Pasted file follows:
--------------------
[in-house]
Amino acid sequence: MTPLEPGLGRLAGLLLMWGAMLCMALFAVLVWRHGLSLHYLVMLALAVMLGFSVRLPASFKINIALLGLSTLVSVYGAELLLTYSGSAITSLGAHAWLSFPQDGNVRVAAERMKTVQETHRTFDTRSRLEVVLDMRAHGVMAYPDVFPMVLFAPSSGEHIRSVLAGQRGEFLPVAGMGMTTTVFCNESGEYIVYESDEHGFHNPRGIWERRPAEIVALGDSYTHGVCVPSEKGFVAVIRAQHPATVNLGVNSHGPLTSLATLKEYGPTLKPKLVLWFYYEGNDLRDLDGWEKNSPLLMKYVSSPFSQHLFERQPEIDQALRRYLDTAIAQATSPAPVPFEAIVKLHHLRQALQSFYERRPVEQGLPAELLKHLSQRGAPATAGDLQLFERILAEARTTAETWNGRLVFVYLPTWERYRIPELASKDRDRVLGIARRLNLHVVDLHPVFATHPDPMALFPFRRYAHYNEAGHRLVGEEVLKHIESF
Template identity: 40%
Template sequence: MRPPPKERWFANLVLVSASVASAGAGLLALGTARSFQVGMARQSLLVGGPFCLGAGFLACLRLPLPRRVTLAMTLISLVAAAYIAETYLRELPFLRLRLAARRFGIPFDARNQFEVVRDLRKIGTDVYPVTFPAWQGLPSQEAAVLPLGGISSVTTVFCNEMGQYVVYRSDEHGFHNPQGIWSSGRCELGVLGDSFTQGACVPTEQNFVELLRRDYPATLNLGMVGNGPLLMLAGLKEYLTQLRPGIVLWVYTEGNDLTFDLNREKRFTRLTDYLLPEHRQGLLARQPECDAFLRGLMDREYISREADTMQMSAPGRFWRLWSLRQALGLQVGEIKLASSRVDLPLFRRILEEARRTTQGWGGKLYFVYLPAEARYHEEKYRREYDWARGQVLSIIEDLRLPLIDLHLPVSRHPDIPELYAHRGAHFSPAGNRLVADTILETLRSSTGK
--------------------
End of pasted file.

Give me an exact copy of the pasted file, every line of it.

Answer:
[in-house]
Amino acid sequence: MTPLEPGLGRLAGLLLMWGAMLCMALFAVLVWRHGLSLHYLVMLALAVMLGFSVRLPASFKINIALLGLSTLVSVYGAELLLTYSGSAITSLGAHAWLSFPQDGNVRVAAERMKTVQETHRTFDTRSRLEVVLDMRAHGVMAYPDVFPMVLFAPSSGEHIRSVLAGQRGEFLPVAGMGMTTTVFCNESGEYIVYESDEHGFHNPRGIWERRPAEIVALGDSYTHGVCVPSEKGFVAVIRAQHPATVNLGVNSHGPLTSLATLKEYGPTLKPKLVLWFYYEGNDLRDLDGWEKNSPLLMKYVSSPFSQHLFERQPEIDQALRRYLDTAIAQATSPAPVPFEAIVKLHHLRQALQSFYERRPVEQGLPAELLKHLSQRGAPATAGDLQLFERILAEARTTAETWNGRLVFVYLPTWERYRIPELASKDRDRVLGIARRLNLHVVDLHPVFATHPDPMALFPFRRYAHYNEAGHRLVGEEVLKHIESF
Template identity: 40%
Template sequence: MRPPPKERWFANLVLVSASVASAGAGLLALGTARSFQVGMARQSLLVGGPFCLGAGFLACLRLPLPRRVTLAMTLISLVAAAYIAETYLRELPFLRLRLAARRFGIPFDARNQFEVVRDLRKIGTDVYPVTFPAWQGLPSQEAAVLPLGGISSVTTVFCNEMGQYVVYRSDEHGFHNPQGIWSSGRCELGVLGDSFTQGACVPTEQNFVELLRRDYPATLNLGMVGNGPLLMLAGLKEYLTQLRPGIVLWVYTEGNDLTFDLNREKRFTRLTDYLLPEHRQGLLARQPECDAFLRGLMDREYISREADTMQMSAPGRFWRLWSLRQALGLQVGEIKLASSRVDLPLFRRILEEARRTTQGWGGKLYFVYLPAEARYHEEKYRREYDWARGQVLSIIEDLRLPLIDLHLPVSRHPDIPELYAHRGAHFSPAGNRLVADTILETLRSSTGK